For example, if you underpay an employee based on their state’s minimum wage laws, you would be on the hook for any and all back pay owed to that employee. And if your withholdings were incorrect and you didn’t pay accurate taxes, you could also be on the hook to the IRS for penalties and interest.
Payroll mistake #4: Miscalculating or failing to pay overtime
Penalty: 100% of overtime pay owed, civil penalties of up to $1,000 per violation, and any additional state penalties
In retail, shifts typically last between four and eight hours—and chances are, you’re being careful to keep your overtime costs down by scheduling your non-exempt employees for 40 hours per week or less.
But if there is a situation where a non-exempt employee works more than 40 hours per week (for example, an employee stuck around for a few hours after their shift to help the manager stock new merchandise), it’s important to make sure those hours are properly documented—and the employee is being compensated accordingly.
As mentioned earlier, non-exempt employees are protected under the FLSA and entitled to overtime pay. According to the Department of Labor, “unless exempt, employees covered by the Act must receive overtime pay for hours worked over 40 in a workweek at a rate not less than time and one-half their regular rates of pay.”
There’s also no cap on overtime hours for non-exempt employees; if they work over 40 hours, you’re legally required to provide overtime pay for every one of those hours. In addition, many states have their own overtime rules—and if your state falls under that category, you’ll need to provide overtime compensation that aligns with any applicable state laws.
If you don’t pay overtime wages to your employee for the pay period those overtime hours were worked, they can file a complaint with the Department of Labor—and not only will you have to pay those overtime wages, but you could also face a $1,000 civil penalty (plus any additional penalties brought by the state).
How to avoid it:
If you don’t want to pay for overtime, it’s important to schedule accordingly and make sure that no employees work past their scheduled shift times. It’s also important to keep meticulous time records so you know exactly when your employees clocked in and out, how many hours they worked in a given week, and whether you’ll need to process overtime pay each pay period.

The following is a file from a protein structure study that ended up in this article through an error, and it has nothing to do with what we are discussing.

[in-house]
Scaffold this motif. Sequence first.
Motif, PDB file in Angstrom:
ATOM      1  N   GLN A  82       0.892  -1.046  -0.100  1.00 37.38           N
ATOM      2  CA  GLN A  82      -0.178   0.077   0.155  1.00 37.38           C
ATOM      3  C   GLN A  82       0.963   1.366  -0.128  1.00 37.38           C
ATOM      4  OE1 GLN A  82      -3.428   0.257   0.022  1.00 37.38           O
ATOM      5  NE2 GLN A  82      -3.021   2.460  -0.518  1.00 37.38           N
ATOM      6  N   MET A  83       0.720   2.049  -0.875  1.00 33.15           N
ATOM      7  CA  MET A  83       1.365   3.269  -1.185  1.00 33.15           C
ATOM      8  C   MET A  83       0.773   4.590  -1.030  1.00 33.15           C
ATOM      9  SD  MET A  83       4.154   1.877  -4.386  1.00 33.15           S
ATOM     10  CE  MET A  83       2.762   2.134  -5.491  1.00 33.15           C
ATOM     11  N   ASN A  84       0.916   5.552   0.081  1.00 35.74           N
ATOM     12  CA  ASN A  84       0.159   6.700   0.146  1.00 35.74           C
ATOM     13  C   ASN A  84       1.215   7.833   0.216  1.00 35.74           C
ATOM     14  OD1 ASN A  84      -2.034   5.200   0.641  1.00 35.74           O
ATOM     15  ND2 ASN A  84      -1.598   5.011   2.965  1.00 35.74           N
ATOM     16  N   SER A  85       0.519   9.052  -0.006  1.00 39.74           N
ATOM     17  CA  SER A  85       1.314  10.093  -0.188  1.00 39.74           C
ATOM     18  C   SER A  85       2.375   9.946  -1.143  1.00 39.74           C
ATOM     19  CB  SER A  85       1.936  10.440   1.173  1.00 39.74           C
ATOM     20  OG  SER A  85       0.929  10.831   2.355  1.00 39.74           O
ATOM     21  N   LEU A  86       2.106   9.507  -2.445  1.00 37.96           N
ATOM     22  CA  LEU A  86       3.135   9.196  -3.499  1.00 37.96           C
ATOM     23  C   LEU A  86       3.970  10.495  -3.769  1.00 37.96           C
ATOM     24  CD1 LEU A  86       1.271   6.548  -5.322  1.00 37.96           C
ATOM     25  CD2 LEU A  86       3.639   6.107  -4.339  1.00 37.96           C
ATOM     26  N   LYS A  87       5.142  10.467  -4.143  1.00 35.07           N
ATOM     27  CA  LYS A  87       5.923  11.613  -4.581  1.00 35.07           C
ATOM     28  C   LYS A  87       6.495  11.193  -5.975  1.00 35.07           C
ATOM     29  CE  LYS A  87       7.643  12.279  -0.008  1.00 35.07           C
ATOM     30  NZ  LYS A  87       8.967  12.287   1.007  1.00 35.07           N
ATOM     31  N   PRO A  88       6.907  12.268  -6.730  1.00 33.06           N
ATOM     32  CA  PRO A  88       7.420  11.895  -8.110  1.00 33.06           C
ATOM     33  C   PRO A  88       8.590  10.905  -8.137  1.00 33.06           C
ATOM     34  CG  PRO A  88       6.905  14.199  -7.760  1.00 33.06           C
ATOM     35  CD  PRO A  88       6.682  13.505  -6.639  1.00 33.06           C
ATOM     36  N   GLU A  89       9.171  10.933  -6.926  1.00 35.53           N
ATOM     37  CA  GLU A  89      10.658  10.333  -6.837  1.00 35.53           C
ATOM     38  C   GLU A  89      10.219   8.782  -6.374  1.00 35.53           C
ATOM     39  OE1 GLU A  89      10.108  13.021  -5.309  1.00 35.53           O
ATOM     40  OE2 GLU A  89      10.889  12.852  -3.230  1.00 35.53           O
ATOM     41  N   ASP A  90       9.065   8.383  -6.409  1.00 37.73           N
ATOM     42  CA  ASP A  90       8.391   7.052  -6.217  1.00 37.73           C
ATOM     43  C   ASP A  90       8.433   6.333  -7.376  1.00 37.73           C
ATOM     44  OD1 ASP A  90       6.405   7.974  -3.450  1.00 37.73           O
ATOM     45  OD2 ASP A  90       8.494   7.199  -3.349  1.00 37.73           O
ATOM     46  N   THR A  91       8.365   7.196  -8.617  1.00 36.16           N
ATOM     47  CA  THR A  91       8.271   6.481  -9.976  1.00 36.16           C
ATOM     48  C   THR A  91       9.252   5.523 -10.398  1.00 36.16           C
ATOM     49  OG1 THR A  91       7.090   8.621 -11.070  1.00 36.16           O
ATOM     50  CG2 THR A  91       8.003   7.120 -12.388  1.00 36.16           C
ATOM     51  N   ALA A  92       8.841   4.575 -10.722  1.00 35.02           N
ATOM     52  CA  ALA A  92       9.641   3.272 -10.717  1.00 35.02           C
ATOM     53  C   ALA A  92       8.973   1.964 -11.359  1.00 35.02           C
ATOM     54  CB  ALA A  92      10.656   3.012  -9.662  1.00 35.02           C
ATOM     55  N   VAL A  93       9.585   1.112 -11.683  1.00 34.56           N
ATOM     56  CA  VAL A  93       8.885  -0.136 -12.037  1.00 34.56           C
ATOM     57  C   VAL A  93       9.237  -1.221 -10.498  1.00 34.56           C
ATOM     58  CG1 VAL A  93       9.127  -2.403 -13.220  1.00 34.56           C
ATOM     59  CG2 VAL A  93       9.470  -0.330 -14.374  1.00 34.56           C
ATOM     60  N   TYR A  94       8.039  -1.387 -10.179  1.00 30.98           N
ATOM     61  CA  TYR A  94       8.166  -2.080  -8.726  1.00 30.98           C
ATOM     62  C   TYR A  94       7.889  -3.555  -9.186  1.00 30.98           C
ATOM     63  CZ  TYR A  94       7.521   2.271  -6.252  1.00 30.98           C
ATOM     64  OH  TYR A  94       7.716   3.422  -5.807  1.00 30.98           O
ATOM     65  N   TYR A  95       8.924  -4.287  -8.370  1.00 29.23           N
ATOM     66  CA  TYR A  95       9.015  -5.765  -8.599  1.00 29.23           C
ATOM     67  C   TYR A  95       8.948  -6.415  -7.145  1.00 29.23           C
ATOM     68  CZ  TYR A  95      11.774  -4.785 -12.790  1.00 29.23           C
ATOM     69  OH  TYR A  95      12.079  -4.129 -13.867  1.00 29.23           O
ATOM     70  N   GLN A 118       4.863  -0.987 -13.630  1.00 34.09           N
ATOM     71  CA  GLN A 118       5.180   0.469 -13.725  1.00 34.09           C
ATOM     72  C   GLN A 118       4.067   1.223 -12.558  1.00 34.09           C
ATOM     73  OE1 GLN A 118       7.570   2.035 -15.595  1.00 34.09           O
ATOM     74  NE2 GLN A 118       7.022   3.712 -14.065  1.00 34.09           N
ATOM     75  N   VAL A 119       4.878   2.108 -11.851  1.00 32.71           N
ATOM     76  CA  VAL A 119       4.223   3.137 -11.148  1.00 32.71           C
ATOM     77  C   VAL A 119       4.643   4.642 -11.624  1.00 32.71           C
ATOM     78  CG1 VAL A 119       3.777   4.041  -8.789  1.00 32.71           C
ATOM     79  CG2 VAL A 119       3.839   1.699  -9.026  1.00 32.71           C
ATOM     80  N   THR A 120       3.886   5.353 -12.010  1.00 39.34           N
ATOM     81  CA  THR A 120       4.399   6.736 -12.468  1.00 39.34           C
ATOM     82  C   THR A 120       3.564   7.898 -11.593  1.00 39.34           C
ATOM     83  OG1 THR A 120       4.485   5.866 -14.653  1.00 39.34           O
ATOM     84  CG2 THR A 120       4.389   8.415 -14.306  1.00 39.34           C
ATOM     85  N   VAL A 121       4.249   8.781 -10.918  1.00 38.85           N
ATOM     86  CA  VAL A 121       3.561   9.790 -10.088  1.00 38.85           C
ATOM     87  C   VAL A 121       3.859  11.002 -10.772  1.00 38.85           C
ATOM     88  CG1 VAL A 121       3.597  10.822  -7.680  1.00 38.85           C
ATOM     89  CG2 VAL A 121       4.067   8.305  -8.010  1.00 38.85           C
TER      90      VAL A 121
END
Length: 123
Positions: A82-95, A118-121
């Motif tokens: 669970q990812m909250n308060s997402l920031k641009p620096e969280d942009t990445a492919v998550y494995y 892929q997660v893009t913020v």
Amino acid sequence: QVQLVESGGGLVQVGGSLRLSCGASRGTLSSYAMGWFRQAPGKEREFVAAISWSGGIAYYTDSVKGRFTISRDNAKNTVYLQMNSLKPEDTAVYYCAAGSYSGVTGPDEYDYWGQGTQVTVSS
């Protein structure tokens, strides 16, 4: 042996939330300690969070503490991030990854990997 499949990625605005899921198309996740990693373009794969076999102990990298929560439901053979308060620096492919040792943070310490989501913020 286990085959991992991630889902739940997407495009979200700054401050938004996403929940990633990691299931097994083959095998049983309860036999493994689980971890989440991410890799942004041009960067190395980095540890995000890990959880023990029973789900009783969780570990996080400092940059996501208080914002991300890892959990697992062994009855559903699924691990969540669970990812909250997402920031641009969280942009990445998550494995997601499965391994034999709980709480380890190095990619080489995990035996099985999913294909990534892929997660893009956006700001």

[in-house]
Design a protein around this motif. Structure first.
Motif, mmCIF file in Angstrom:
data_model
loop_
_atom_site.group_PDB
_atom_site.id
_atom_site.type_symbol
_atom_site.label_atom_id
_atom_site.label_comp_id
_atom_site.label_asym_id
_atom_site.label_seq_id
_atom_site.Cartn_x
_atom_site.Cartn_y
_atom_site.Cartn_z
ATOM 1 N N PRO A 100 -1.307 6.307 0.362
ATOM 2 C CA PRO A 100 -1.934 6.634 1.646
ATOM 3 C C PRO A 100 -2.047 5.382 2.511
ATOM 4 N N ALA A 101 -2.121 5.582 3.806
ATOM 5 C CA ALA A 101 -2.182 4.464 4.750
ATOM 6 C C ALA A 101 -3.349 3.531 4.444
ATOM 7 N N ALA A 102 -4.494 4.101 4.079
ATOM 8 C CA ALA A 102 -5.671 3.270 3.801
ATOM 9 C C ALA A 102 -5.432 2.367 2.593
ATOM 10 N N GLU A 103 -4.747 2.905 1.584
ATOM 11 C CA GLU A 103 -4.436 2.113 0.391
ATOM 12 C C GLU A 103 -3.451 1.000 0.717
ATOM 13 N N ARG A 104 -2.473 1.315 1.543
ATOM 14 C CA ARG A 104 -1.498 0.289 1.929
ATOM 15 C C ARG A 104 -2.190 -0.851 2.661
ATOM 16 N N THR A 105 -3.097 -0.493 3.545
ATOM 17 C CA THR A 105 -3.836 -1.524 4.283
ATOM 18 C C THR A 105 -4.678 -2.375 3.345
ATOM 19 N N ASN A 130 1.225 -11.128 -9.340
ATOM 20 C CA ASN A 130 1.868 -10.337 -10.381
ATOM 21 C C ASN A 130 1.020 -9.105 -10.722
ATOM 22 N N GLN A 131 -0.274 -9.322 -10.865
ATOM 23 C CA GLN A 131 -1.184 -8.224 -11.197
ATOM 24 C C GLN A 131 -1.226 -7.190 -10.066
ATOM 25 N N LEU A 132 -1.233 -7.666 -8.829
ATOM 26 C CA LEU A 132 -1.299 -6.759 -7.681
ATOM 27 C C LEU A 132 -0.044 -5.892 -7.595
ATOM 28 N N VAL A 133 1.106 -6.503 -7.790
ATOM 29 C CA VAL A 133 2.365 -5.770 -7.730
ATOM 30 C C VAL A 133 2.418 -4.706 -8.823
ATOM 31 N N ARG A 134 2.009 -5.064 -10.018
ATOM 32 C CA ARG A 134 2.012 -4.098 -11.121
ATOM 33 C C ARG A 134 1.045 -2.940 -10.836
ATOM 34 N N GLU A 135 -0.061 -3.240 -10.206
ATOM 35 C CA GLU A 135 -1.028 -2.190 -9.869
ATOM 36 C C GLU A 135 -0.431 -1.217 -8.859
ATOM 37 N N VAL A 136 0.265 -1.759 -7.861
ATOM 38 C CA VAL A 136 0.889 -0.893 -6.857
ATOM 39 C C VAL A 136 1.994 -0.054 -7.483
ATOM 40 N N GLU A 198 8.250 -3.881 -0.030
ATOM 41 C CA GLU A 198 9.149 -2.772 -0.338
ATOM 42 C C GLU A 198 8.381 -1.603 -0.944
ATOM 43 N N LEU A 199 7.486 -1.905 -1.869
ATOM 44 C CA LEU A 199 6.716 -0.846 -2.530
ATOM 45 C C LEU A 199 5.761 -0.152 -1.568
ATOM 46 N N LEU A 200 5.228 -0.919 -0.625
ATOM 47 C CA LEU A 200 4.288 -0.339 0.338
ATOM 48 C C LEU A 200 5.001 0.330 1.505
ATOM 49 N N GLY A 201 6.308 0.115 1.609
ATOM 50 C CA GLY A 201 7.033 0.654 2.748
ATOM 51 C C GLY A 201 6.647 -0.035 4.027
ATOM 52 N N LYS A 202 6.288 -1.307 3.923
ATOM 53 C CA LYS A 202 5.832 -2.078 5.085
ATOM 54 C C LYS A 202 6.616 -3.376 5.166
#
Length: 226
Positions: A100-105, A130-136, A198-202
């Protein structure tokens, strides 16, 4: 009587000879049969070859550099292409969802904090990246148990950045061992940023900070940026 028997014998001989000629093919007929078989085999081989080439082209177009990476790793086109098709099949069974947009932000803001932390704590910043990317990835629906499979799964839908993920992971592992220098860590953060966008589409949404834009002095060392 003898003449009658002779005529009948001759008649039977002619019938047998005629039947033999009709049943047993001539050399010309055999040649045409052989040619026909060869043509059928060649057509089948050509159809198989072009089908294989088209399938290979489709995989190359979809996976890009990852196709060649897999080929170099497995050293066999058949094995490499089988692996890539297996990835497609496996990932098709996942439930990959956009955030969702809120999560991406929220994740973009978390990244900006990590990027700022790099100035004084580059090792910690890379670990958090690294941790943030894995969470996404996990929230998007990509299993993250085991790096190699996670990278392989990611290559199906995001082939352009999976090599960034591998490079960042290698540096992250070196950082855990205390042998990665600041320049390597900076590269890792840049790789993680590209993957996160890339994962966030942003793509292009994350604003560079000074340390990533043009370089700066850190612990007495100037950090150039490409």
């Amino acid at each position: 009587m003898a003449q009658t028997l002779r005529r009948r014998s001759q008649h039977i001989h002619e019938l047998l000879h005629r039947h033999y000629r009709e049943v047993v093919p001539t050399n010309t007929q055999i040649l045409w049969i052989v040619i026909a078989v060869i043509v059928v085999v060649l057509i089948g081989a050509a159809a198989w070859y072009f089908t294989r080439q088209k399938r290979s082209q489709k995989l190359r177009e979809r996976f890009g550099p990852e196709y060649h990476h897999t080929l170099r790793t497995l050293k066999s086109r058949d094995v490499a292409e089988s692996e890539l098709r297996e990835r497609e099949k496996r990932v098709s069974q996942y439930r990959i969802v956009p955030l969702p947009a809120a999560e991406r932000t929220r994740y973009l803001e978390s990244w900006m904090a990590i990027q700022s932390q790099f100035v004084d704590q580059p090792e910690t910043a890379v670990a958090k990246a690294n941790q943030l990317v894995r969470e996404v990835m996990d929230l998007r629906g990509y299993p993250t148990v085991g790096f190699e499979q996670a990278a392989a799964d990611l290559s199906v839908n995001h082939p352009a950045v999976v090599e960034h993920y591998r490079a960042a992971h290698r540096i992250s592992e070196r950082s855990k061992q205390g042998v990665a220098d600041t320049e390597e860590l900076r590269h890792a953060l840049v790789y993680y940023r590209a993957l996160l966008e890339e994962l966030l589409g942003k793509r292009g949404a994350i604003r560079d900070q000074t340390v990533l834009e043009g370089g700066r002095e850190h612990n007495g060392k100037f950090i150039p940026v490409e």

Payroll mistake #5: Keeping inaccurate, incomplete, or disorganized records
In an ideal world, your retail business will never have to deal with the dreaded “A” word—audit. But if you do find yourself facing an audit from the IRS, it’s imperative that you have accurate, complete, and organized payroll records. Otherwise, you could find yourself facing a variety of fines, penalties, and other tax or payroll-related issues.
So, for example, let’s say you find yourself audited by the IRS—and when they’re going through your records, they realize that you didn’t complete or file W-2’s for a batch of seasonal employees you hired for extra support in one of your stores. Depending on how late you are in filing those W-2’s, you’ll pay between $50 to $260 in fines for each W-2. Multiply that by 10 employees, and you’re looking at a tax penalty of between $500 and $2,600.
Or let’s say you failed to send 1099s to a group of freelance writers you hired to write product descriptions for your Shopify store. The minimum IRS penalty for failing to provide 1099s to contractors is $250—so if you failed to send 1099s to 10 contractors, you’re looking at a fine of $2,500.
How to avoid it: